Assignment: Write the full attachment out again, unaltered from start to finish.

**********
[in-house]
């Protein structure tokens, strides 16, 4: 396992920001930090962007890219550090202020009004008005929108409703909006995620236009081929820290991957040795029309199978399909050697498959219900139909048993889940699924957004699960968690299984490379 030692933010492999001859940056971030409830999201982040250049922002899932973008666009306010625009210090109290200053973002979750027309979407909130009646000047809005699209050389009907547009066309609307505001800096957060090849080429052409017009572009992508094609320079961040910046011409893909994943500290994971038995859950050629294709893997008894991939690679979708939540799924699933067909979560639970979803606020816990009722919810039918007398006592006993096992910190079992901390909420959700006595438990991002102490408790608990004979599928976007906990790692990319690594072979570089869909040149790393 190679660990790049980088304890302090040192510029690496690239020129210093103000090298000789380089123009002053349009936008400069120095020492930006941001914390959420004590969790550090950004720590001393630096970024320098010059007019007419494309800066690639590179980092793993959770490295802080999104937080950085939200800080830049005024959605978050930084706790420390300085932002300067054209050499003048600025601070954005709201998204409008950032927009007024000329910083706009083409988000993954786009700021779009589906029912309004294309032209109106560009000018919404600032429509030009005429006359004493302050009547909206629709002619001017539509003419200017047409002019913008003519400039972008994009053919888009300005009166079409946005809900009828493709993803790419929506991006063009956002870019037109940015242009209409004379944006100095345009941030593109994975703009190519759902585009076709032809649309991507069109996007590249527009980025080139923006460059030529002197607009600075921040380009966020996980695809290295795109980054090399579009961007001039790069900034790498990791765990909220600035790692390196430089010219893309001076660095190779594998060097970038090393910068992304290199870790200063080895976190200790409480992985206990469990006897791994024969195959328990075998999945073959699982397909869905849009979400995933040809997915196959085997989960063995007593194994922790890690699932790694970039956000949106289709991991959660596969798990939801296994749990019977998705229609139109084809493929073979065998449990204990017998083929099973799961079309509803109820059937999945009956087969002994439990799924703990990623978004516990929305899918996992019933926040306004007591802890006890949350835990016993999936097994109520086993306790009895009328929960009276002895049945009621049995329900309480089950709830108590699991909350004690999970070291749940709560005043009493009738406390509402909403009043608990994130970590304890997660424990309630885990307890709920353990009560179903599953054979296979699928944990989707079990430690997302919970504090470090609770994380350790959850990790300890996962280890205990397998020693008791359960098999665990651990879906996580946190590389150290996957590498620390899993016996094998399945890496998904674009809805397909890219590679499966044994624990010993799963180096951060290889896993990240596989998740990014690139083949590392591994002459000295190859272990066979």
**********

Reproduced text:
[in-house]
């Protein structure tokens, strides 16, 4: 396992920001930090962007890219550090202020009004008005929108409703909006995620236009081929820290991957040795029309199978399909050697498959219900139909048993889940699924957004699960968690299984490379 030692933010492999001859940056971030409830999201982040250049922002899932973008666009306010625009210090109290200053973002979750027309979407909130009646000047809005699209050389009907547009066309609307505001800096957060090849080429052409017009572009992508094609320079961040910046011409893909994943500290994971038995859950050629294709893997008894991939690679979708939540799924699933067909979560639970979803606020816990009722919810039918007398006592006993096992910190079992901390909420959700006595438990991002102490408790608990004979599928976007906990790692990319690594072979570089869909040149790393 190679660990790049980088304890302090040192510029690496690239020129210093103000090298000789380089123009002053349009936008400069120095020492930006941001914390959420004590969790550090950004720590001393630096970024320098010059007019007419494309800066690639590179980092793993959770490295802080999104937080950085939200800080830049005024959605978050930084706790420390300085932002300067054209050499003048600025601070954005709201998204409008950032927009007024000329910083706009083409988000993954786009700021779009589906029912309004294309032209109106560009000018919404600032429509030009005429006359004493302050009547909206629709002619001017539509003419200017047409002019913008003519400039972008994009053919888009300005009166079409946005809900009828493709993803790419929506991006063009956002870019037109940015242009209409004379944006100095345009941030593109994975703009190519759902585009076709032809649309991507069109996007590249527009980025080139923006460059030529002197607009600075921040380009966020996980695809290295795109980054090399579009961007001039790069900034790498990791765990909220600035790692390196430089010219893309001076660095190779594998060097970038090393910068992304290199870790200063080895976190200790409480992985206990469990006897791994024969195959328990075998999945073959699982397909869905849009979400995933040809997915196959085997989960063995007593194994922790890690699932790694970039956000949106289709991991959660596969798990939801296994749990019977998705229609139109084809493929073979065998449990204990017998083929099973799961079309509803109820059937999945009956087969002994439990799924703990990623978004516990929305899918996992019933926040306004007591802890006890949350835990016993999936097994109520086993306790009895009328929960009276002895049945009621049995329900309480089950709830108590699991909350004690999970070291749940709560005043009493009738406390509402909403009043608990994130970590304890997660424990309630885990307890709920353990009560179903599953054979296979699928944990989707079990430690997302919970504090470090609770994380350790959850990790300890996962280890205990397998020693008791359960098999665990651990879906996580946190590389150290996957590498620390899993016996094998399945890496998904674009809805397909890219590679499966044994624990010993799963180096951060290889896993990240596989998740990014690139083949590392591994002459000295190859272990066979």